Ketanji Brown Jackson has been confirmed to serve as an Associate Justice on the United States Supreme Court. She was nominated by President Joseph R. Biden to fill the vacancy created by the retirement of Justice Stephen Breyer. She is the first black woman to sit on the country’s highest court.
Ketanji Brown Jackson was born on September 14, 1970, in Washington, DC. Her parents attended segregated primary schools and then attended historically black colleges and universities. Jackson grew up in Miami, Florida, where her mother served as a public school principal, and her father worked as an attorney.
Jackson earned a bachelor’s degree, magna cum laude, in Government from Harvard-Radcliffe College in 1992. She went on to graduate from Harvard Law School in 1996, where she served as a supervising editor of the Harvard Law Review. After earning her law degree, Jackson served as a law clerk to three federal judges: Associate Justice Stephen G. Breyer of the U.S. Supreme Court, Judge Bruce M. Selya of the U.S. Court of Appeals for the First Circuit, and Judge Patti B. Saris of the U.S. District Court for the District of Massachusetts.
In 1996, Jackson married Patrick Graves Jackson. The couple has two daughters, Leila and Talia.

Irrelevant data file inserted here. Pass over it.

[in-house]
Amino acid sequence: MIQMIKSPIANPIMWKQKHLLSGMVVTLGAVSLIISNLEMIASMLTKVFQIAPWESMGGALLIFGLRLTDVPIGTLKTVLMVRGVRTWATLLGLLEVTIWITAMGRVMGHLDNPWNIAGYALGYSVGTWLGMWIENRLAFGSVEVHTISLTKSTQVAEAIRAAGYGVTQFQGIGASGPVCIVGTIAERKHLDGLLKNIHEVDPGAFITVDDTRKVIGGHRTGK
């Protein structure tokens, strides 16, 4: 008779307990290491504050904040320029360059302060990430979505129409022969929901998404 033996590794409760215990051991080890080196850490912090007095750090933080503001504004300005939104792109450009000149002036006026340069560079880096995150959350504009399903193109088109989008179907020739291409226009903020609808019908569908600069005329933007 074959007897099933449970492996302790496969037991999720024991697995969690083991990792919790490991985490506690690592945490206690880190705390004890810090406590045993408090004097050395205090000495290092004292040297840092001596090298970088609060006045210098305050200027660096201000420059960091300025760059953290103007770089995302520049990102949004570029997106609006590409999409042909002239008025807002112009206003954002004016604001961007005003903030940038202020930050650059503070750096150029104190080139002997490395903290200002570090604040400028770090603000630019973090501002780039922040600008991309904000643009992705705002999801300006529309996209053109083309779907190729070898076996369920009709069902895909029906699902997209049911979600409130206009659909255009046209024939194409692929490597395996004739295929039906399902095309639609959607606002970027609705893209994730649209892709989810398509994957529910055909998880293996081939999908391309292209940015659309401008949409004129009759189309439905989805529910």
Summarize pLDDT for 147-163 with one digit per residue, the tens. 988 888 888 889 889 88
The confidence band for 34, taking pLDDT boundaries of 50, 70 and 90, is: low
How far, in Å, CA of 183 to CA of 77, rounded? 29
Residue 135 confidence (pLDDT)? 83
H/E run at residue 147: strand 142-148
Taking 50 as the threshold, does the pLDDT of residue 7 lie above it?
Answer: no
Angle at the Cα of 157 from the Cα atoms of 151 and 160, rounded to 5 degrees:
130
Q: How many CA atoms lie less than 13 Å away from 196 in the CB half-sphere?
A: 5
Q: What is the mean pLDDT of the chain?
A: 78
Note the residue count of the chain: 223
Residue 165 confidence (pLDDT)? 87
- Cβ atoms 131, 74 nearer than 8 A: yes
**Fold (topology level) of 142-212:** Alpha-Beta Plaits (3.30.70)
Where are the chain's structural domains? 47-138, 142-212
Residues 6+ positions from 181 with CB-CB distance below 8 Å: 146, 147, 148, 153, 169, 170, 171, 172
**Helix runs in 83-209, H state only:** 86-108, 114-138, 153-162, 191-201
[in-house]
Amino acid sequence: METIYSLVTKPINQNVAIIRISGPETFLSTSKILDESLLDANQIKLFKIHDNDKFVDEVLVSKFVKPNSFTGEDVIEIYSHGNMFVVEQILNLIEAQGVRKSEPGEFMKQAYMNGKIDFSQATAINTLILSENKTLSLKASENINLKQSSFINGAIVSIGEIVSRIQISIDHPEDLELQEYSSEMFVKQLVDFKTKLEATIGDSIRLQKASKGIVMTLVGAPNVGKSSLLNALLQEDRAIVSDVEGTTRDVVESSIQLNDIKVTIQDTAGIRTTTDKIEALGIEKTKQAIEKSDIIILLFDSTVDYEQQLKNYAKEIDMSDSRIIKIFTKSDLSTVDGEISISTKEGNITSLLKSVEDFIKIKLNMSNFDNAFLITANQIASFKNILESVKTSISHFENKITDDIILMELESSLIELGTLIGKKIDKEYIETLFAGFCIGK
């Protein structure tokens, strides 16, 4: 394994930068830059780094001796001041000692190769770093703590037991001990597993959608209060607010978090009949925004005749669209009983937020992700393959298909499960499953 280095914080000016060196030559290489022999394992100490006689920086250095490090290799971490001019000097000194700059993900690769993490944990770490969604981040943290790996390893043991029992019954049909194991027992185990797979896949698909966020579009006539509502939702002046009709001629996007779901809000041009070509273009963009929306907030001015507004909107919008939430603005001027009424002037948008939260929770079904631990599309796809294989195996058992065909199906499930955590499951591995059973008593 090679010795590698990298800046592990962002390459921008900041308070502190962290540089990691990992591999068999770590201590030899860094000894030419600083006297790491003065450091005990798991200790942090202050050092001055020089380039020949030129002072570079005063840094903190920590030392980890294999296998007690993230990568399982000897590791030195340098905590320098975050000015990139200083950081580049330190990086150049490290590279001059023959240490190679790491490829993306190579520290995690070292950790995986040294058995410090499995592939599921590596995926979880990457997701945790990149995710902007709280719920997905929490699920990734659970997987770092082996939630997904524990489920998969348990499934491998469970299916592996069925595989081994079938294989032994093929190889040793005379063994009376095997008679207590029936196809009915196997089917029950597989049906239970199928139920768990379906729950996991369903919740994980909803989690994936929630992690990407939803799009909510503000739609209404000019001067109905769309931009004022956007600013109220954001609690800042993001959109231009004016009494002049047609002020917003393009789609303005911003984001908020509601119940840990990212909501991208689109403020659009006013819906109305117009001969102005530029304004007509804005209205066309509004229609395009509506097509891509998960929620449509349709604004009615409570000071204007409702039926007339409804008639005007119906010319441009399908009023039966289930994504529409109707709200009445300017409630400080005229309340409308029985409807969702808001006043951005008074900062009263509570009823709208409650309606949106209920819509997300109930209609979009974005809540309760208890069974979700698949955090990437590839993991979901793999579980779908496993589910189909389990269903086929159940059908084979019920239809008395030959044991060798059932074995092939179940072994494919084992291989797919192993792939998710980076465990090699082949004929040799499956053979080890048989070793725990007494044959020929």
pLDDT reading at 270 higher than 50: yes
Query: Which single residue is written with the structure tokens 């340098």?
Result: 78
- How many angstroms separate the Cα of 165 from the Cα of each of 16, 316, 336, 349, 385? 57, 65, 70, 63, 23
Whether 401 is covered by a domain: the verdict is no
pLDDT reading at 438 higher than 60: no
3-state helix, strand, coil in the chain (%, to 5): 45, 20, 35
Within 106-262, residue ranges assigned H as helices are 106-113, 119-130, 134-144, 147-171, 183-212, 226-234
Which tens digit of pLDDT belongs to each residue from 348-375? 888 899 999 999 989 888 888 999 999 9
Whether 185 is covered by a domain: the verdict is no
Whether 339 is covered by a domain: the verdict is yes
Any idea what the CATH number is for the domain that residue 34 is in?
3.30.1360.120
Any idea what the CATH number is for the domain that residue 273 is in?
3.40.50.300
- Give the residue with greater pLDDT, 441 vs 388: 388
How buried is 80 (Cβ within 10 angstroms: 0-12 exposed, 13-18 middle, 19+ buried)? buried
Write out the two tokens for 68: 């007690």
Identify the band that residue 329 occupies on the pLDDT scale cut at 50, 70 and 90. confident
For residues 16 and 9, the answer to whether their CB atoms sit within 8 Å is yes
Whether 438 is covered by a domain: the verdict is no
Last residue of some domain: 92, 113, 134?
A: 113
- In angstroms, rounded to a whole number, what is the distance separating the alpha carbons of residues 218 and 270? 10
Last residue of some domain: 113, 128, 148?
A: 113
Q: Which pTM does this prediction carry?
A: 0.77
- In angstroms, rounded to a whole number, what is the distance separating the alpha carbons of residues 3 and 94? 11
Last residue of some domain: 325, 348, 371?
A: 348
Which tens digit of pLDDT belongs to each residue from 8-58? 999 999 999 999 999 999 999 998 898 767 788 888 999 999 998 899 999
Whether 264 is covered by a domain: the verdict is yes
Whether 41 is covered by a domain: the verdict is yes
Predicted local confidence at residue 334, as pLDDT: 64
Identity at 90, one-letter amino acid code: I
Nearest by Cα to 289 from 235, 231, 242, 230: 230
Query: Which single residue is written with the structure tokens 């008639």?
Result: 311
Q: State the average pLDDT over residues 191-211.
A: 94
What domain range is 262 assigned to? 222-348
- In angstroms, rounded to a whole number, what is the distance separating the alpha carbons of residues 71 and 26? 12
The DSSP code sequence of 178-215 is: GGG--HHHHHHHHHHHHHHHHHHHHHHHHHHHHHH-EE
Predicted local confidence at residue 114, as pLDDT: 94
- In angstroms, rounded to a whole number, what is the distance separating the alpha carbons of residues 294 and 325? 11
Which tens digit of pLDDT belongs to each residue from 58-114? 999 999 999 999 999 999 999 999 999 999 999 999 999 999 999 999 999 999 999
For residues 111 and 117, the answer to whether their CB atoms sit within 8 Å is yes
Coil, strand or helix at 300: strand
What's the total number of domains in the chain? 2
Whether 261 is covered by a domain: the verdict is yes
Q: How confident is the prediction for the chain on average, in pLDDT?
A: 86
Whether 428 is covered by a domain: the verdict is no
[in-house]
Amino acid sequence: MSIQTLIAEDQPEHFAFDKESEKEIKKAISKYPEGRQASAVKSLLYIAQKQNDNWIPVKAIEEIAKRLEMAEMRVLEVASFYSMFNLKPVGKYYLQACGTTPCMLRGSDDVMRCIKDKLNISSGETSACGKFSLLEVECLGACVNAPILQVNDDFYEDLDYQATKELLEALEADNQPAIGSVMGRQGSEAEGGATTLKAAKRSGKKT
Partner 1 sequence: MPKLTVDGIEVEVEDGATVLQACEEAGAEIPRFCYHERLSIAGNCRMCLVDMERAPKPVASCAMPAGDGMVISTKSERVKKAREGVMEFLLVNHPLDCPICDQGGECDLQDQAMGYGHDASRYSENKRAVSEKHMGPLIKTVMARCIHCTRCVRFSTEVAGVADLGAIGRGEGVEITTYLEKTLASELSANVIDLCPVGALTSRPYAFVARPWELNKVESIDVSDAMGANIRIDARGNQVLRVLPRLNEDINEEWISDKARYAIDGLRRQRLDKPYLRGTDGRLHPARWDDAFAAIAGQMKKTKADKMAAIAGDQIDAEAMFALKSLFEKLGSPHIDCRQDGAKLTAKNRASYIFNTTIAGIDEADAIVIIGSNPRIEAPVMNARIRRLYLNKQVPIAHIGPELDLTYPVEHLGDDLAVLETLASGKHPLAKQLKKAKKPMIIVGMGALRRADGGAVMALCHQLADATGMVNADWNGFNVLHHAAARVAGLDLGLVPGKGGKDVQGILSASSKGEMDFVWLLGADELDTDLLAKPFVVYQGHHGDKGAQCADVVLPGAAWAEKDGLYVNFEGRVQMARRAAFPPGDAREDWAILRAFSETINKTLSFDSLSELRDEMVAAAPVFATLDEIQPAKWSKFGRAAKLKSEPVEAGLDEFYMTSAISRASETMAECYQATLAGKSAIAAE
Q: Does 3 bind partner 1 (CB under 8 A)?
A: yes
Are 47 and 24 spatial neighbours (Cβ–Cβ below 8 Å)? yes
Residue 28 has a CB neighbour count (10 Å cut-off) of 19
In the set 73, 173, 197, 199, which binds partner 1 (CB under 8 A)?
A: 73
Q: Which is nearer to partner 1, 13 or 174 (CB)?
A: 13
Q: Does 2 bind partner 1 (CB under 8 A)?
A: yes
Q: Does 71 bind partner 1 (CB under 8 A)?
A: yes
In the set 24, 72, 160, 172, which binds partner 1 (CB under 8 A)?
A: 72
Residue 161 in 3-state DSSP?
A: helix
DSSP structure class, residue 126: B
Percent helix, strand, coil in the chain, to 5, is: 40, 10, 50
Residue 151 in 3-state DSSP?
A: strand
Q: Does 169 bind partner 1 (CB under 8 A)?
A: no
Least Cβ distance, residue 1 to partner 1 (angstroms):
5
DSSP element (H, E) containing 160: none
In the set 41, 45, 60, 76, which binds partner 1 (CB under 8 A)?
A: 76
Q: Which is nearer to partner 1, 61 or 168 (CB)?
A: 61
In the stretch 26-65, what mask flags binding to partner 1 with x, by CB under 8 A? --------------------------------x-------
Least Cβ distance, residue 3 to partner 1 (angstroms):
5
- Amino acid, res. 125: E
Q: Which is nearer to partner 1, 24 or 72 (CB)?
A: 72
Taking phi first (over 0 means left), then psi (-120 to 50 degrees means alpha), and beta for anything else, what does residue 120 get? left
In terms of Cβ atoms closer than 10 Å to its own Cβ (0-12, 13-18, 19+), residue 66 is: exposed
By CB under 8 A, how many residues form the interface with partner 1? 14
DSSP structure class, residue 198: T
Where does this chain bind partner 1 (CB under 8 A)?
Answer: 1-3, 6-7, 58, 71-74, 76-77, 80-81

Jackson worked as an associate with two law firms before becoming an Assistant Special Counsel at the U.S. Sentencing Commission. From 2005 to 2007, Jackson served as an Assistant Federal Public Defender in the appeals division of the Office of the Federal Public Defender in the District of Columbia.
In 2009, President Barak Obama nominated Jackson to serve as the Vice Chair of the U.S. Sentencing Commission. Three years later, President Obama nominated Jackson to be a district court judge for the U.S. District Court for the District of Columbia. Jackson was confirmed to the U.S. Court of Appeals for the D.C. Circuit in 2021.
Nomination to the Supreme Court
On February 25, 2022, President Joe Biden nominated Jackson to be an Associate Justice of the Supreme Court, fulfilling a campaign promise to fill any Court vacancy with a black woman. Brown was confirmed by the U.S. Senate on April 7, 2022. After confirmation hearings dominated by partisan politics, three Republicans joined all 50 Democrats in elevating her to the Supreme Court. Jackson will be sworn into the Court following the retirement of Justice Stephen Breyer.